S. such as bombardment, violence, raiding,or any accidents that results in terrorist activities and persons acting inisolation if they are considered political in nature.Disruption resultsin more severe exploitation which includes long duration, forced perceptionfear of injury or death and helplessness. Viewing physical abuse can bestressful and as much the victim is attached the stress will be. Particularly, watchingviolence directed towards a close relative or friend is sadistic. Interpersonalviolence is considered as a passionate eruption, whereas, the most horribleform of it is consciously inflicted.
Insettings such as prostitution, pornography rings, concentration camps, and insome families powerful control is used.In the field oftrauma the greatest predictable research findings are dose response, it dependson dose, the more the dose trauma it will produce more damaging effects. Alsoit is noticed that in greater stress, PTSD is more likely to be develop. Psychological effect will understated greatlyif trauma is prompted, unpredictable, sadistic, repeated and complex by humanor is bad childhood experience given by any human.2.
4 Terrorism and TraumaThere is harshchange in the world since September 11, 2001. First incident occur in 1993which was bombardment over world trade center which was almost a wakeup callbut only few people took that seriously alarming situation related to peace inworld. The impending attack focused against the innocent children and commonpeople of society just to create the element of fear in a society. Impact ofterrorism on children and communities dispirit, terrify and traumatize the public(Vasquez et al. (2008). These horrifying terroristic attacks incidents havebecome common and are increasing day by day.
The terrorists started to provokewar state by targeting the school children, such as the incident in 2006 inAfghanistan, another group of 20 children were attacked while playing soccerand a suicidal attack Baghdad college; both incidences took place in February2007. In March 2007 32 children and teachers were taken as prisoner in Manila forcedat gun point. Terroristic bombardment attacks also took place on 7thof July, 2005 in London subway, another attack on Paris on 13th ofNovember 2015.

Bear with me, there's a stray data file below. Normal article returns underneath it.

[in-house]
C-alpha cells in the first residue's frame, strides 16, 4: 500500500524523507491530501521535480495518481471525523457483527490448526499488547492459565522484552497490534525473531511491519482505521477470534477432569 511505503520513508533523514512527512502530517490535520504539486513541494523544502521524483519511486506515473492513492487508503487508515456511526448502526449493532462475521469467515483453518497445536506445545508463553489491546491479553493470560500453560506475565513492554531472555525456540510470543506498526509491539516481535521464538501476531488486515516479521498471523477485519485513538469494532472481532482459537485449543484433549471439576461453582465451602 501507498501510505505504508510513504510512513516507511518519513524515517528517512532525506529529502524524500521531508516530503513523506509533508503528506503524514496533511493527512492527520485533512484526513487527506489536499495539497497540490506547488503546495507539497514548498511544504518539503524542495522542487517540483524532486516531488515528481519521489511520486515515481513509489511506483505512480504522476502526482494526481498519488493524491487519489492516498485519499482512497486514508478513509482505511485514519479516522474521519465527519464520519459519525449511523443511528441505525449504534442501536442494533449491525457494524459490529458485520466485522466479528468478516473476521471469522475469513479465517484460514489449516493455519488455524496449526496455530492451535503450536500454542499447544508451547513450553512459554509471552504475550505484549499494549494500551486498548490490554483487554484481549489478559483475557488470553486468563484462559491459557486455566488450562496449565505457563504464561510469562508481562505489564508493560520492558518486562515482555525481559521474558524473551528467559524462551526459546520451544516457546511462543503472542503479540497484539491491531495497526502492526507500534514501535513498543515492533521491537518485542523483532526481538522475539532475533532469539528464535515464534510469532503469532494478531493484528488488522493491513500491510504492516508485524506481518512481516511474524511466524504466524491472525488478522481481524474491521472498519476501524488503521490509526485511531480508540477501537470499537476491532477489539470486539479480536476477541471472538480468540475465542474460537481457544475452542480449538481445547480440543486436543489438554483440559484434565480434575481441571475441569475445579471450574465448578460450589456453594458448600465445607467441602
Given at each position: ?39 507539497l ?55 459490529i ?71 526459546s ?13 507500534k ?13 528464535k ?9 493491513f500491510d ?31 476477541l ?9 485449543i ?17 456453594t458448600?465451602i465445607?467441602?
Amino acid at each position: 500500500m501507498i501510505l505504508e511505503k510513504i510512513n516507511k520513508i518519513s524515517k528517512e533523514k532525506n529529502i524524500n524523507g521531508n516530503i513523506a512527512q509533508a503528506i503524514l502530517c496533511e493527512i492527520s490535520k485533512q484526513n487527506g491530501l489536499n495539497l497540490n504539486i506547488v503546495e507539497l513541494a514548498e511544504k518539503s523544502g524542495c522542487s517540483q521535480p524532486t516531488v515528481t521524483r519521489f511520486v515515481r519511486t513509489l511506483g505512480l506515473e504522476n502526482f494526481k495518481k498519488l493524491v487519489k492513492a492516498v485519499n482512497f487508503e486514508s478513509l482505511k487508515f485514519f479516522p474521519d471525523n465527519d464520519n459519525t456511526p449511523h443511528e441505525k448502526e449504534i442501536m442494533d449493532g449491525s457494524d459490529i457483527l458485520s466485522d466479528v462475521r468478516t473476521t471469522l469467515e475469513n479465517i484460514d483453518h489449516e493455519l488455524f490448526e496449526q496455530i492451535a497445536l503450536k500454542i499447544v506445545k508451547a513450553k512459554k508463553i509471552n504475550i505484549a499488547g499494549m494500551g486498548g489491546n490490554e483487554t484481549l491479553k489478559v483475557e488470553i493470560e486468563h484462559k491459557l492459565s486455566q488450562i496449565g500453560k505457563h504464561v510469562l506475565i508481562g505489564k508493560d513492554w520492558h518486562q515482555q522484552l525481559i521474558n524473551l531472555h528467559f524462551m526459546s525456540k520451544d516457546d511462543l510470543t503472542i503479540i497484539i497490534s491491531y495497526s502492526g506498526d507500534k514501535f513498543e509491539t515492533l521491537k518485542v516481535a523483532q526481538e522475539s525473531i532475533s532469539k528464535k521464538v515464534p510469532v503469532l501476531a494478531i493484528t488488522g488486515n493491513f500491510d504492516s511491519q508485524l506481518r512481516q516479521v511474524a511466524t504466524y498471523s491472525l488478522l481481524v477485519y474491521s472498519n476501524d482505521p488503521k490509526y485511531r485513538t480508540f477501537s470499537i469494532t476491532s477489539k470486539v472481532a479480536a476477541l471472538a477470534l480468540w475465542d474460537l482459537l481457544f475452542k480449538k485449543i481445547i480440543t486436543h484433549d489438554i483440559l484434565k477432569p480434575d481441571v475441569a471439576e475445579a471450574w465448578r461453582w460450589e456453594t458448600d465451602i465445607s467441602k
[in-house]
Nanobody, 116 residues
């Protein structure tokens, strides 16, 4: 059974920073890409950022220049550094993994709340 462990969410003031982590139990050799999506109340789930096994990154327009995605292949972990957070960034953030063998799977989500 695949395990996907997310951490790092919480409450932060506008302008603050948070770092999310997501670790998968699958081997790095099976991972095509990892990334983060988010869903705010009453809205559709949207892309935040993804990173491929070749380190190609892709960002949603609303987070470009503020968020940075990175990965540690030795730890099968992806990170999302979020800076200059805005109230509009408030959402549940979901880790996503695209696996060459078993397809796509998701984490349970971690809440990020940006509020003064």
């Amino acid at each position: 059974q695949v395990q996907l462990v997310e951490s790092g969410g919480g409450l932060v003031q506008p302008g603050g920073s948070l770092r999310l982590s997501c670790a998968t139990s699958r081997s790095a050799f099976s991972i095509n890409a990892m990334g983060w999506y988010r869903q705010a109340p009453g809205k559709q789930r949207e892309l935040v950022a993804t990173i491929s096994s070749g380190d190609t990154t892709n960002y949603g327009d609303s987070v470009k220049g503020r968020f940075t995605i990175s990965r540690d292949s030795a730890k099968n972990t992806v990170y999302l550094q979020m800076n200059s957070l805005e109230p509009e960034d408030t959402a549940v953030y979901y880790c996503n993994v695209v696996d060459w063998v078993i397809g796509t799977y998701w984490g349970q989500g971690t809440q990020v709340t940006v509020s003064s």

Pakistan is amongst the sufferers of being a target of terroristactivities. Within six days just after Malala Yousafzai was honored the Nobelpeace prize the terrorist attack was faced on 16th December 2014 in Peshawar targetingschool children. An estimated 145 innocent lives along with teachers waskilled; however, the exact numbers of lives lost are still unknown.
Childrenwere shooting in their classrooms. The so called Tehreek-i-Taliban Pakistan(TTP) took the responsibility of this attack and claimed it to be a revengefrom Pakistan Army for attacking the North Waziristan tribal areas in June2014. It was deadly attacks ever on a school in any country.
However, accordingto GCPEA report Colombia, Pakistan, Afghanistan, Syria, Sudan and Somalia wereworst affected. These places had experienced more than a 1,000 attacks onuniversities, schools, staff and students. The emphasis is to discuss impactsof terrorism on Pakistani youth amongst the countries affected by complicatedterrorism. The reason behind terroristic attacks on educational institutions isdifficult to understand because there are varying reasons.
Violence produceslong-term effects than any natural disaster or accidents (Schenlger et al.,2002). Maximum experience of the traumatic incident and threat to life or anyconstant violence causes damaging effect to the psychological health ofindividual and mostly in Pakistani society (Khalily et al., 2010; Galea et al.,2003). In Pakistani society psychological trauma is on the rise and isprevailing in whole country (Medicines Sans Frontiers, 2008), due to whichpeople are effected badly and they are helpless, powerless and paralyzed (Herman,1992; Abdel-hamid et al.
, 2004). It is documented that severe exposure topsychological traumas outcome in physical health problems and psychologicalproblems (Boscarino, 1997). According to Alexander and Klein (2005) the purposebehind terrorist activities is to build anxiety, fear and panic and developinga sense of helplessness and hopelessness to destroy the sense of security andsafety and representing the ineffectiveness of the authorities.Alexander andKlein (2005) stated that reaction of terrorist events have not documentedproperly therefore there is large literature and research work on reaction ofcommunities and individuals to major traumas. General reaction to terroristattacks often include emotional trauma, lack of sensation, denial, terror, nervousness,helplessness and hopelessness, cognitive disorientation, confusion, disturbingthoughts, images, high alert, impaired concentration and memory, socialwithdrawal, irritability, loss of trust and faith, avoidant behavior, insomnia,and loss of energy.Universally theeffects of carelessness and violence are intense and extensive.